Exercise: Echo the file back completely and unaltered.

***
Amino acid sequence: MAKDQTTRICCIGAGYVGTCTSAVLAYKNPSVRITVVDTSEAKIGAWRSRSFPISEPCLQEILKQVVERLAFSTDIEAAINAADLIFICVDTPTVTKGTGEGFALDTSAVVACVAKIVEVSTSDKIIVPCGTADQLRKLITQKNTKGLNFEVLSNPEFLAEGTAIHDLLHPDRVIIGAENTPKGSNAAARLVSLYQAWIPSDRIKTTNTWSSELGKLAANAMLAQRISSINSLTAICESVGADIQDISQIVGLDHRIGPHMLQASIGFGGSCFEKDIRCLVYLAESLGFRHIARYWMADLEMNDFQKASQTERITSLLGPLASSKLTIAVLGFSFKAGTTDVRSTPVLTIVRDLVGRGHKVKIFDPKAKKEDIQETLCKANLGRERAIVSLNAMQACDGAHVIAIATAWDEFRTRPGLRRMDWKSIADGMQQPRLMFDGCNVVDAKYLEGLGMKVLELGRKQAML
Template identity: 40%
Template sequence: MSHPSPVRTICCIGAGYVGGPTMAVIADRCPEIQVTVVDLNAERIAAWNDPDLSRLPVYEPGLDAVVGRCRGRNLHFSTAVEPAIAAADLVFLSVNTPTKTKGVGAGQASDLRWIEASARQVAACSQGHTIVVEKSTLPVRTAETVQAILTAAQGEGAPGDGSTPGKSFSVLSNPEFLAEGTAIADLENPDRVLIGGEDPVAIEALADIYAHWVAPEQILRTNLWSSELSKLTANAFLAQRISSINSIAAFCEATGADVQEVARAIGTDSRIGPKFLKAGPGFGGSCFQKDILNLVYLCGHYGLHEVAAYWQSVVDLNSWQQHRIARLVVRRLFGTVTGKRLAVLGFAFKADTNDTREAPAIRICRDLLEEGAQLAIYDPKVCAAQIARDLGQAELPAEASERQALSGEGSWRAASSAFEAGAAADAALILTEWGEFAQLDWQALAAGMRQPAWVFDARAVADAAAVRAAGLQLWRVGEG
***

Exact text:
Amino acid sequence: MAKDQTTRICCIGAGYVGTCTSAVLAYKNPSVRITVVDTSEAKIGAWRSRSFPISEPCLQEILKQVVERLAFSTDIEAAINAADLIFICVDTPTVTKGTGEGFALDTSAVVACVAKIVEVSTSDKIIVPCGTADQLRKLITQKNTKGLNFEVLSNPEFLAEGTAIHDLLHPDRVIIGAENTPKGSNAAARLVSLYQAWIPSDRIKTTNTWSSELGKLAANAMLAQRISSINSLTAICESVGADIQDISQIVGLDHRIGPHMLQASIGFGGSCFEKDIRCLVYLAESLGFRHIARYWMADLEMNDFQKASQTERITSLLGPLASSKLTIAVLGFSFKAGTTDVRSTPVLTIVRDLVGRGHKVKIFDPKAKKEDIQETLCKANLGRERAIVSLNAMQACDGAHVIAIATAWDEFRTRPGLRRMDWKSIADGMQQPRLMFDGCNVVDAKYLEGLGMKVLELGRKQAML
Template identity: 40%
Template sequence: MSHPSPVRTICCIGAGYVGGPTMAVIADRCPEIQVTVVDLNAERIAAWNDPDLSRLPVYEPGLDAVVGRCRGRNLHFSTAVEPAIAAADLVFLSVNTPTKTKGVGAGQASDLRWIEASARQVAACSQGHTIVVEKSTLPVRTAETVQAILTAAQGEGAPGDGSTPGKSFSVLSNPEFLAEGTAIADLENPDRVLIGGEDPVAIEALADIYAHWVAPEQILRTNLWSSELSKLTANAFLAQRISSINSIAAFCEATGADVQEVARAIGTDSRIGPKFLKAGPGFGGSCFQKDILNLVYLCGHYGLHEVAAYWQSVVDLNSWQQHRIARLVVRRLFGTVTGKRLAVLGFAFKADTNDTREAPAIRICRDLLEEGAQLAIYDPKVCAAQIARDLGQAELPAEASERQALSGEGSWRAASSAFEAGAAADAALILTEWGEFAQLDWQALAAGMRQPAWVFDARAVADAAAVRAAGLQLWRVGEG